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Sense and Sensibility by Jane Austen

Among the three Dashwood sisters, Elinor was portrayed as the one who possessed sense. Everytime she was confronted with a problem, she remained to think first before doing an action. For example, when Lucy Steele told about her secret engagement with Mr. Ferrars, Elinor remained to be calm instead of being emotional. She did not overreact and entertained the possibility that maybe Lucy’s lover was not her beloved Edward but the younger Ferrars, Robert.

This characteristic of Elinor is in contrast with her sister Marianne who was presented by Austen as the one with sensibility Unlike Elinor, she became totally emotional and wrecked when she found out the engagement of her beloved John Willoughby. Both of their behaviors had changed, though, at the end of the novel. Marianne’s sensibility was modified when her sister Elinor told her story to her, making the former realized that she should move on and continue living.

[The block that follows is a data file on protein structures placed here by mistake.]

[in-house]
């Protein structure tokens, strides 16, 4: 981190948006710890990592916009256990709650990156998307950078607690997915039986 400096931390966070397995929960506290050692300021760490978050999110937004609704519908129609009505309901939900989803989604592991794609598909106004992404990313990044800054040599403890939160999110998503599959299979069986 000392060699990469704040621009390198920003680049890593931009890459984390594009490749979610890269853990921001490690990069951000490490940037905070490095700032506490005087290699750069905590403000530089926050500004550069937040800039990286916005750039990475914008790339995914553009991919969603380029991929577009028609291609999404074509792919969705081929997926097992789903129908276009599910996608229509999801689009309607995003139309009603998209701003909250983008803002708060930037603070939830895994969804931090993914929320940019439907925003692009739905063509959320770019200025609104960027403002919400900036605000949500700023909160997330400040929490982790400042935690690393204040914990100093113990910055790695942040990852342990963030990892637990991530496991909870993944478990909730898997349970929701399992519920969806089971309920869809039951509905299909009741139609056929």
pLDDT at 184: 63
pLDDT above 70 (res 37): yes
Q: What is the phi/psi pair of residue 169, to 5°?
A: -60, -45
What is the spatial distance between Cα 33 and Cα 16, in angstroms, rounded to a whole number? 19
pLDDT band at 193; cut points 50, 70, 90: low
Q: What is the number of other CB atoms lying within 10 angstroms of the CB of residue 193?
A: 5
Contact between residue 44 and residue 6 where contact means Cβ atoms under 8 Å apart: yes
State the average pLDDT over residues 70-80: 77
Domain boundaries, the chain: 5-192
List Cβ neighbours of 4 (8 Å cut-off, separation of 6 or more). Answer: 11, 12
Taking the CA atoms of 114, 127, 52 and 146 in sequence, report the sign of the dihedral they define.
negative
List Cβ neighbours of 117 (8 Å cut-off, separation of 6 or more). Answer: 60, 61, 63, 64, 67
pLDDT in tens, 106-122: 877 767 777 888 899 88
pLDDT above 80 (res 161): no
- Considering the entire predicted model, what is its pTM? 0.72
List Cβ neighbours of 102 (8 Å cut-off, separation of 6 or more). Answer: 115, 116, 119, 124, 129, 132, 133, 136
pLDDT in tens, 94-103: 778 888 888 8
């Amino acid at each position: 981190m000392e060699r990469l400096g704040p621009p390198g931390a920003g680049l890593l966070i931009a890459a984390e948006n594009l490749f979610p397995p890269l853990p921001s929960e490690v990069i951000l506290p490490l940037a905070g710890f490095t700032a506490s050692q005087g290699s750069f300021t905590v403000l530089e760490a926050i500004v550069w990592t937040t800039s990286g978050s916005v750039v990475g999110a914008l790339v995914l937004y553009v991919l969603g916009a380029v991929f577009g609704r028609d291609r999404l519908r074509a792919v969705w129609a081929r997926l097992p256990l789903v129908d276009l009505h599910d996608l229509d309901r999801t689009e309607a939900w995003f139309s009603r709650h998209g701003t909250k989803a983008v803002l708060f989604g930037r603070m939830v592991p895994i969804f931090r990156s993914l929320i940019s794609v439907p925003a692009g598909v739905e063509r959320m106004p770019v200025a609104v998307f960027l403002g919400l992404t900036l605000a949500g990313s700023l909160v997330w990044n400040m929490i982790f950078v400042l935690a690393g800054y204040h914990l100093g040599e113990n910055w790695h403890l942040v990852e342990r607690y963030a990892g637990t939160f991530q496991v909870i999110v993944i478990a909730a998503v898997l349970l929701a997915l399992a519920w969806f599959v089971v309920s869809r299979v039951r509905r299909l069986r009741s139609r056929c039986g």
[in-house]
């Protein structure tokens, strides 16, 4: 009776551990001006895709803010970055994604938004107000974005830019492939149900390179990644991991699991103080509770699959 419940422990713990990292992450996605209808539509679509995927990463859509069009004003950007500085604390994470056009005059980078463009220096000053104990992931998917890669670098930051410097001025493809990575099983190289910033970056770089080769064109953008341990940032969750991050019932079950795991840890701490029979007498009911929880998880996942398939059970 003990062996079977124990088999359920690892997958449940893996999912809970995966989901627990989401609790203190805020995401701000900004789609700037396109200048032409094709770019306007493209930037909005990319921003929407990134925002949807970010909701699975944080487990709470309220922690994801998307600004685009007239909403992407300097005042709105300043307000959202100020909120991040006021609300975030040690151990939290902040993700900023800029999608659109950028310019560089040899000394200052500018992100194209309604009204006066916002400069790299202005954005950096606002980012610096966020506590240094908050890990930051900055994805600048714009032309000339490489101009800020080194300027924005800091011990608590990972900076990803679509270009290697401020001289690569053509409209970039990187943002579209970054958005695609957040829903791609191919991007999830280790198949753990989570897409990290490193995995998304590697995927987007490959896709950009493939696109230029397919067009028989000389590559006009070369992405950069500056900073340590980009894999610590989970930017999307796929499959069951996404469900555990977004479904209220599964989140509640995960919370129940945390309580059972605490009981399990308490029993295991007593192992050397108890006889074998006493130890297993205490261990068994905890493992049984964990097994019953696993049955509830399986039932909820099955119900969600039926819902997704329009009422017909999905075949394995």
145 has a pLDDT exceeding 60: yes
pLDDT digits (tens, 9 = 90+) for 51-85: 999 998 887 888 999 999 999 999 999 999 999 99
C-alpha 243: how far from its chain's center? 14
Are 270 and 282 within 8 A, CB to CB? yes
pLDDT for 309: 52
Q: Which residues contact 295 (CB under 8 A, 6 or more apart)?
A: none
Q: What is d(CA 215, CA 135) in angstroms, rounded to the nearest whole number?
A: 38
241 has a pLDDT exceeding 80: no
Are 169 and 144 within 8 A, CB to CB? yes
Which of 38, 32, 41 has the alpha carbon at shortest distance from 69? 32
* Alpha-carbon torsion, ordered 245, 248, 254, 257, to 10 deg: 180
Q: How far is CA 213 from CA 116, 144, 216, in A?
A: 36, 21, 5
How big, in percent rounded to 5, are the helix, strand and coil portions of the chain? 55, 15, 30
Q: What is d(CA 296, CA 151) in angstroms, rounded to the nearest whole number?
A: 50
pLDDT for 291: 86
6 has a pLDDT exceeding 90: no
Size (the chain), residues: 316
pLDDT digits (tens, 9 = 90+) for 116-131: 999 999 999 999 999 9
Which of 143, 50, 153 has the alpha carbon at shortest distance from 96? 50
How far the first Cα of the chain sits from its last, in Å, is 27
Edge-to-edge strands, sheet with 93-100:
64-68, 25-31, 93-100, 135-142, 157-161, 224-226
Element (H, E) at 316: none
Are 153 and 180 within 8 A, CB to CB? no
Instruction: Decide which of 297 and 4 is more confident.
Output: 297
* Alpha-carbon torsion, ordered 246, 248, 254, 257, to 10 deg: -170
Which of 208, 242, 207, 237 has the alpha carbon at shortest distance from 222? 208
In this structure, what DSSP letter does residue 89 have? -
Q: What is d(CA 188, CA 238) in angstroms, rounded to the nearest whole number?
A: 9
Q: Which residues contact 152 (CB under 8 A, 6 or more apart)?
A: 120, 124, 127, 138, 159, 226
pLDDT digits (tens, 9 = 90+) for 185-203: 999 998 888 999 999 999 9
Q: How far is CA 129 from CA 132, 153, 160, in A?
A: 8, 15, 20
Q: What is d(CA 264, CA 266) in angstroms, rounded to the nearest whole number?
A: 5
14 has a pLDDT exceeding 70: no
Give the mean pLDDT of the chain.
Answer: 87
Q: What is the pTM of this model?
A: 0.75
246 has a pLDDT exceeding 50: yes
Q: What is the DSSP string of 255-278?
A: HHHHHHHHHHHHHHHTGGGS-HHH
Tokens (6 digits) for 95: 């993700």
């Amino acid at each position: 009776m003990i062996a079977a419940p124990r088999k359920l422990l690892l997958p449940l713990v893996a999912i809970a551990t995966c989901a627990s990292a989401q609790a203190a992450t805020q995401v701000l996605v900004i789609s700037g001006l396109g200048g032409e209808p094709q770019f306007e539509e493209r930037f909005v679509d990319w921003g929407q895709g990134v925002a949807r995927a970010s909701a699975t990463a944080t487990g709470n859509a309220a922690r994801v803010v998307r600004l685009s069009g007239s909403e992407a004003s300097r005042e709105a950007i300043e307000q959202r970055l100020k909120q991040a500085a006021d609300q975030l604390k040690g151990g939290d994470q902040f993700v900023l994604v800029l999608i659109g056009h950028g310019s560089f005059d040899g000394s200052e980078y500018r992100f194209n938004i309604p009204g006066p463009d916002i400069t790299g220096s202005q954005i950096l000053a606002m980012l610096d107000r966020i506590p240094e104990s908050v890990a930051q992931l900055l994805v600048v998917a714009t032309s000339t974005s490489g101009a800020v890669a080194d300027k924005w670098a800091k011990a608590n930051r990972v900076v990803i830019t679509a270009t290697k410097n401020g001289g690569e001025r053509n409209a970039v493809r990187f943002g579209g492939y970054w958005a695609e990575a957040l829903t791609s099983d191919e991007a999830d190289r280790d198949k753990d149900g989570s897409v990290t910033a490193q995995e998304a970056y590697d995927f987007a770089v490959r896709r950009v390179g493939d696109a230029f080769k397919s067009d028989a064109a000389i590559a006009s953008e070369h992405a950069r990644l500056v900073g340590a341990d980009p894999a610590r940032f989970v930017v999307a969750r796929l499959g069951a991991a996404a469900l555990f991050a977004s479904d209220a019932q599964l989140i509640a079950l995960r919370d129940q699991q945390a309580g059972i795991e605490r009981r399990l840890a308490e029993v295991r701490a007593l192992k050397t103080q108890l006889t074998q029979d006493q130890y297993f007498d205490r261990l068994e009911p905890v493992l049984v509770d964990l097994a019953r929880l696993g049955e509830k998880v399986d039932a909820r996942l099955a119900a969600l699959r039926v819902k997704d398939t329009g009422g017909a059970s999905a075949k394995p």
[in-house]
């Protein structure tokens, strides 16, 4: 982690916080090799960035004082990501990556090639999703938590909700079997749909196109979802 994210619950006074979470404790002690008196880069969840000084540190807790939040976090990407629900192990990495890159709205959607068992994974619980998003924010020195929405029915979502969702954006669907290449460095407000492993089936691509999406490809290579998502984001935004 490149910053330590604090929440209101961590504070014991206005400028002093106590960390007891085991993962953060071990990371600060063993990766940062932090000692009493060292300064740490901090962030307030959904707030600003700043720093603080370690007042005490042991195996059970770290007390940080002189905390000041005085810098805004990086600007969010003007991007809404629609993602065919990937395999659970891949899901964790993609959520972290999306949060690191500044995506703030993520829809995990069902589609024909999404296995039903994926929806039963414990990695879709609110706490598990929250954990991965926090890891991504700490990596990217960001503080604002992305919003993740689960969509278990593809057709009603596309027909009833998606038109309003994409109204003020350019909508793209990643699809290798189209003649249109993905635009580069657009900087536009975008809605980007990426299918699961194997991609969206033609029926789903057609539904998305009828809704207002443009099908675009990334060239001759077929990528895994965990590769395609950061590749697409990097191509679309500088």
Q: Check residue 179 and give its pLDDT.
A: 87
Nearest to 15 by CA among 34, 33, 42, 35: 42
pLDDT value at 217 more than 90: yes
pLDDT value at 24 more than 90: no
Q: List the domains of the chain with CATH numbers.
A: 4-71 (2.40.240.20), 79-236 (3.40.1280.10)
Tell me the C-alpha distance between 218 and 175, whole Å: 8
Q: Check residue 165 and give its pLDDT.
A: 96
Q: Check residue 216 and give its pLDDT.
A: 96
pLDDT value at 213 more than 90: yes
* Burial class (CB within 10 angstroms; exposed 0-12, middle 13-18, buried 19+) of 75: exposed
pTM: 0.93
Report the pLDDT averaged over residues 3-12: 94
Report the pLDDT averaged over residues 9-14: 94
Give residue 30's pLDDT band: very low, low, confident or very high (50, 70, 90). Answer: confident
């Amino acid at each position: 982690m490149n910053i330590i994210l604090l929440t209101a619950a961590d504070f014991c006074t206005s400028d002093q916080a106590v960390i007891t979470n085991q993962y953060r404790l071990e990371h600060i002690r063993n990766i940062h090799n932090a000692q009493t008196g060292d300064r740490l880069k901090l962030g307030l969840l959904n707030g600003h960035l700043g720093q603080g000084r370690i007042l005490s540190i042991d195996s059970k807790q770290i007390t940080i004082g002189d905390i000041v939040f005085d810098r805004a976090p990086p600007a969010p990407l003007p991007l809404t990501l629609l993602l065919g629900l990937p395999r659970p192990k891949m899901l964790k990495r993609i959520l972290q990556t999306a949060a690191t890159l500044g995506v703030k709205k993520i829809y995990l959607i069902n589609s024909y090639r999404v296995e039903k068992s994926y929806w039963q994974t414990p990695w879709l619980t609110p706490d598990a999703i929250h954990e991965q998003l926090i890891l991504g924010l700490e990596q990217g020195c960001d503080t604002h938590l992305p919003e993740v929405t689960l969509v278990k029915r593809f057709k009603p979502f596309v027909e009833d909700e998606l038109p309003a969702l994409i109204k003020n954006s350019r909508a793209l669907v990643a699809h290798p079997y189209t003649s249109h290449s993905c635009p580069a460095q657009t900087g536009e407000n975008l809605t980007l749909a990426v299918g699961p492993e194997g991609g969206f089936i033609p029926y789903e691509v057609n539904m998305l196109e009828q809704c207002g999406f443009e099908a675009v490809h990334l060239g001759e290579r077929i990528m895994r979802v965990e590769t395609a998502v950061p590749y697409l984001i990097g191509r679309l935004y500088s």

Elinor learned to balance sense and sensibility when Edward finally came to her, asking her to marry him. With this, it is evident that marriage was very important on the lives of the characters during that time. It served as their assurance of love for each other. It symbolized not only emotional assurance, but also financial and social stability as well. As for my opinion, Austen agreed in this kind of society’s notions about marriage.

However, her book is also a critic of the society’s perception about love. For me, Austen wanted to promote love by using both sense and sensibility. She probably thought that marriage, being a sacred ritual, should be decided by balancing sense and sensibility. I think this is the main theme that she wanted to convey in her novel.

Works Cited

Austen, Jane. Sense and Sensibility. USA: Cambridge University Press, 2006

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